Fernando Barciela | Mexican magnate Carlos Slim bought various companies for a symbolic amount during the peso crisis in the 1990s and the privatisations process afterwards. He is considered a kind of magician, capable of turning disastrous companies into examples of real corporate brilliance.
The millionaire, of Lebanese origin, made Telmex – which they say he bought for a song – into one of the most efficient telecos in the world. And America Móvil, which he founded, is the fourth largest global mobile network operator.
So when Slim agreed to take a stake in FCC in 2014, which was at that time controlled by Esther Koplowtiz, and in a lot of difficulties – sales on the decline, losses, debt…- a lot of people breathed easy thinking the Mexican businessman was going to put the builder back on the straight and narrow.
Up to now, what he has done in FCC is nothing to shout about. The last year in the company, after he finally took control of the board in June 2016, has not been very promising. So investors have taken fright and FCC’s stock price has plunged. While the Ibex 35 has dropped around 7% since June, FCC’s share price has lost 20%.
The reasons are clear. The figures don’t show any improvement in the company’s situation. First half sales fell again, by 3.4%. It’s not a lot but it sets a trend. Negative. Particularly if 2016 sales already fell around 8%.
The company says that part of these declines are down to divestments and sales of subsidiaries, like Portland in the US. But the reality is that FCC’s order book has been dropping. At the end of the first half of 2016, it stood at 31.5 billion euros. Now its just a little over 30.150 billion.
The worst thing is that FCC is already costing Slim more money than he certainly thought he would bet on it. He recently had no other option but to give the Spanish company a loan to the tune of 780 million euros, via his own bank Grupo Financiero Inbursa. If he hadn’t done it, FCC would not have been able to bid for the contract for the Line 2 of the Panama Metro, worth 1.652 billion euros.
For reasons which are not at all well known, Slim’s style – he is a difficult person, used to calling the shots and being obeyed – doesn’t seem to be popular in FCC. The Mexican millionaire occupied FCC’s offices with executives from Mexico DF.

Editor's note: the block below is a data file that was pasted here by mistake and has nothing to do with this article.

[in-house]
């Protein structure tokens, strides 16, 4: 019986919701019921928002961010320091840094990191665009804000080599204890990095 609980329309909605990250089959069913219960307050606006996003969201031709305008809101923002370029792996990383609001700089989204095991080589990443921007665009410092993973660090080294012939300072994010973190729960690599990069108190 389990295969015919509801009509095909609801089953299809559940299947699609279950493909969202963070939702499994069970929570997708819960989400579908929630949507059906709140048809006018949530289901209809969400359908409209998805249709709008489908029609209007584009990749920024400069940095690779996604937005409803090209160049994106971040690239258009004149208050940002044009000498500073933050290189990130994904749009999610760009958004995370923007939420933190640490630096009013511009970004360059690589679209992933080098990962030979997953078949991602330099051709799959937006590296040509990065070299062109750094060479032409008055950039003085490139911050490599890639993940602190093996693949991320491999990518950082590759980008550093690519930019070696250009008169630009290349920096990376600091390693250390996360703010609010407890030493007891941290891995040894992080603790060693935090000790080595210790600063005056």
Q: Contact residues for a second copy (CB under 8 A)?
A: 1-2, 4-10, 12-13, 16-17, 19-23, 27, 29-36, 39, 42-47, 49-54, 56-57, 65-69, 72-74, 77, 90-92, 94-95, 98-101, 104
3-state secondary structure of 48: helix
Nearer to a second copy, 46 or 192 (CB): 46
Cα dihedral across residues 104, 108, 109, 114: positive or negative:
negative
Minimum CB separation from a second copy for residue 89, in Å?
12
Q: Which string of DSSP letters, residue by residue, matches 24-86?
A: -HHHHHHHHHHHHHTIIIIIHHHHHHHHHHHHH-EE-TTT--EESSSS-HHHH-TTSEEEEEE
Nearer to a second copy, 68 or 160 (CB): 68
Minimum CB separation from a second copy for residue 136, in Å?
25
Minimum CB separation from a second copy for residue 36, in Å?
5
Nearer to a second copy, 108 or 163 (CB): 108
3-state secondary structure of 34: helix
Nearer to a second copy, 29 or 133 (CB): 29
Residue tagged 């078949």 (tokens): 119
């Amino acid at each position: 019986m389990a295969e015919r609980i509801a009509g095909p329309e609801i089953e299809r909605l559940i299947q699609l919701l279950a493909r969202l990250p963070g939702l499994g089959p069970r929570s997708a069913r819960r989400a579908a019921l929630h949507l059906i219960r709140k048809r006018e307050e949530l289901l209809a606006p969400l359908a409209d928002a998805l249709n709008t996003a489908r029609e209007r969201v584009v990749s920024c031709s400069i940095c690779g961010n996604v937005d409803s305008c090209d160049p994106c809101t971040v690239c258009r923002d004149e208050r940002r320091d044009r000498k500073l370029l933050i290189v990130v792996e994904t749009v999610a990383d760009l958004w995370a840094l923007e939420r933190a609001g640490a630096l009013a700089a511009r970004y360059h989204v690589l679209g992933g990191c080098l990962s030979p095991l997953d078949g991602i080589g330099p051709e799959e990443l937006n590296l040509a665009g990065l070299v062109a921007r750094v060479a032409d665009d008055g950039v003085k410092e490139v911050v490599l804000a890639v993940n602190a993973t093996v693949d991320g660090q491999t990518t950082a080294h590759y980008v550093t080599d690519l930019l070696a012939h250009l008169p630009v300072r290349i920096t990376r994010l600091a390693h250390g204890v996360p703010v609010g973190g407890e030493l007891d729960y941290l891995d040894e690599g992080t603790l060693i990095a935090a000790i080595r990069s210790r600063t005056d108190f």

During the year and a half they have been in Madrid, they have tried to change some aspects of the firm’s culture and organisation, like the group’s division into a series of almost autonomous companies. They propose these should work together in an integrated fashion.
Slim also touched a nerve when he cut the incentive payments for executives and tried to reduce the number of top jobs and middle managers in the Environmental division. This was openly opposed by the head of that division, a Spaniard.
Everything seems to point to the fact that these disagreements have made the atmosphere strained. And this situation was confirmed to some extent in September. The construction company announced that its CEO at the time, Carlos Jarque, and financial director Miguel Martínez Parra, both Mexicans who had been in the company under a year, left their jobs to return to Mexico. For personal reasons, they said.
Slim then appointed a new CEO, the Spaniard Pablo Colio, with the likely aim of making the peace with a management structure apparently indifferent to his plans.
So now there are a lot of people who think Slim has got himself into a mess in Spain and is going to find it very difficult to relaunch FCC. For the time being, the top management of the company, which has been working with Esther Koplowitz, an exquisitely educated woman, for decades, still feels faithful to her.
Then of course its posible that FCC needs a cultural revolution to change old habits and puts it back on track. The problem is that a kind of corporate patriotism exists in the company. Its top managers still consider FCC as the total star of the sector. And they don’t easily accept people finding fault.
Whatsmore, FCC’s crisis didn’t start yesterday. The builder has been in a permanent crisis for years. Last year, for example, revenues were less than half those registered in 2008; 5.9 billion euros vs 14 billion.
That said, the company needs Slim. He is not only a core shareholder but has also been providing financial support and looking for contracts in America. If the Mexican magnate were to abandon the company, he would simply be leaving FCC in the lurch.
Furthermore, Slim has achieved some things. Debt is down 11% compared to a year ago: then it stood at 4.5 billion euros and now it’s at 3.9 billion.
The one who still can’t complain, on a personal level, is Slim. Despite FCC’s slump in the stock market, the figures still add up for him. His 81% stake cost 1.350 billion euros, while the company is worth around 3 billion.